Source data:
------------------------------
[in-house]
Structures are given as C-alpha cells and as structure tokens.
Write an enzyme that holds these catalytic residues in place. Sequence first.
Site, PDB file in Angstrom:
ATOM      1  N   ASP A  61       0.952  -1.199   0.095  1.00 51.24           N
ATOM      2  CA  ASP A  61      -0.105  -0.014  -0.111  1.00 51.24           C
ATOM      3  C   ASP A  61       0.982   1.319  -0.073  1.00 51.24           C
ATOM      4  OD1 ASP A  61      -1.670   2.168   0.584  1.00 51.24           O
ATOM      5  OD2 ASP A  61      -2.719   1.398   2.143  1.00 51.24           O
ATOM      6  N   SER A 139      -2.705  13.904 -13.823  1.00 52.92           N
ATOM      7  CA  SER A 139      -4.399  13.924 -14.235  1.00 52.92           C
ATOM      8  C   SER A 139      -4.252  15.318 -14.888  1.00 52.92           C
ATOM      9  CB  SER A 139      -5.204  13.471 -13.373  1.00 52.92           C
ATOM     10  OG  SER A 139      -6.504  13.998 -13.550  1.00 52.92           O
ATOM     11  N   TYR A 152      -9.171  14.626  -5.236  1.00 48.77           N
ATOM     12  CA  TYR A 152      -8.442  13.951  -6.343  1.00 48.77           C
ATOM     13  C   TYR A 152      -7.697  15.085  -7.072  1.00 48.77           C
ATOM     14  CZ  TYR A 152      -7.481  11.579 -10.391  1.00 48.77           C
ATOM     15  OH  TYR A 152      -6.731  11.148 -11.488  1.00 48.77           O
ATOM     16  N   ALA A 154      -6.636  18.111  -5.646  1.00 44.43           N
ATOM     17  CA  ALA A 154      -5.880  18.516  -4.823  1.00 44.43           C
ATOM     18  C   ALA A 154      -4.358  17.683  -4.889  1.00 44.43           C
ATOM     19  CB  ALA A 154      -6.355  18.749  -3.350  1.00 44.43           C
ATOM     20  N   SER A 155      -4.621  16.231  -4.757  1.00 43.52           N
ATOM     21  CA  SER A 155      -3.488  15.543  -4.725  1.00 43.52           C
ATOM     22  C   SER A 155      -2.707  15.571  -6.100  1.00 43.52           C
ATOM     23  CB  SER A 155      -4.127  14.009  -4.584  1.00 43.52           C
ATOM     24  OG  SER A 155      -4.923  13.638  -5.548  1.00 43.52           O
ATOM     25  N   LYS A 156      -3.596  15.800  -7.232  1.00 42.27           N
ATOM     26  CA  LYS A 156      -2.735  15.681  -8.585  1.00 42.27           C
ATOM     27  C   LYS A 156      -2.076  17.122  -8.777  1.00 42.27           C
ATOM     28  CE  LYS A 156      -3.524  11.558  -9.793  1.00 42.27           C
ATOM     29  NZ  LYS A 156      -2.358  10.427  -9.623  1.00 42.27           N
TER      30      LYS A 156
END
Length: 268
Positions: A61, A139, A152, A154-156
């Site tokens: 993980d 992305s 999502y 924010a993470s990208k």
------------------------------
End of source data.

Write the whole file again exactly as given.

[in-house]
Structures are given as C-alpha cells and as structure tokens.
Write an enzyme that holds these catalytic residues in place. Sequence first.
Site, PDB file in Angstrom:
ATOM      1  N   ASP A  61       0.952  -1.199   0.095  1.00 51.24           N
ATOM      2  CA  ASP A  61      -0.105  -0.014  -0.111  1.00 51.24           C
ATOM      3  C   ASP A  61       0.982   1.319  -0.073  1.00 51.24           C
ATOM      4  OD1 ASP A  61      -1.670   2.168   0.584  1.00 51.24           O
ATOM      5  OD2 ASP A  61      -2.719   1.398   2.143  1.00 51.24           O
ATOM      6  N   SER A 139      -2.705  13.904 -13.823  1.00 52.92           N
ATOM      7  CA  SER A 139      -4.399  13.924 -14.235  1.00 52.92           C
ATOM      8  C   SER A 139      -4.252  15.318 -14.888  1.00 52.92           C
ATOM      9  CB  SER A 139      -5.204  13.471 -13.373  1.00 52.92           C
ATOM     10  OG  SER A 139      -6.504  13.998 -13.550  1.00 52.92           O
ATOM     11  N   TYR A 152      -9.171  14.626  -5.236  1.00 48.77           N
ATOM     12  CA  TYR A 152      -8.442  13.951  -6.343  1.00 48.77           C
ATOM     13  C   TYR A 152      -7.697  15.085  -7.072  1.00 48.77           C
ATOM     14  CZ  TYR A 152      -7.481  11.579 -10.391  1.00 48.77           C
ATOM     15  OH  TYR A 152      -6.731  11.148 -11.488  1.00 48.77           O
ATOM     16  N   ALA A 154      -6.636  18.111  -5.646  1.00 44.43           N
ATOM     17  CA  ALA A 154      -5.880  18.516  -4.823  1.00 44.43           C
ATOM     18  C   ALA A 154      -4.358  17.683  -4.889  1.00 44.43           C
ATOM     19  CB  ALA A 154      -6.355  18.749  -3.350  1.00 44.43           C
ATOM     20  N   SER A 155      -4.621  16.231  -4.757  1.00 43.52           N
ATOM     21  CA  SER A 155      -3.488  15.543  -4.725  1.00 43.52           C
ATOM     22  C   SER A 155      -2.707  15.571  -6.100  1.00 43.52           C
ATOM     23  CB  SER A 155      -4.127  14.009  -4.584  1.00 43.52           C
ATOM     24  OG  SER A 155      -4.923  13.638  -5.548  1.00 43.52           O
ATOM     25  N   LYS A 156      -3.596  15.800  -7.232  1.00 42.27           N
ATOM     26  CA  LYS A 156      -2.735  15.681  -8.585  1.00 42.27           C
ATOM     27  C   LYS A 156      -2.076  17.122  -8.777  1.00 42.27           C
ATOM     28  CE  LYS A 156      -3.524  11.558  -9.793  1.00 42.27           C
ATOM     29  NZ  LYS A 156      -2.358  10.427  -9.623  1.00 42.27           N
TER      30      LYS A 156
END
Length: 268
Positions: A61, A139, A152, A154-156
């Site tokens: 993980d 992305s 999502y 924010a993470s990208k």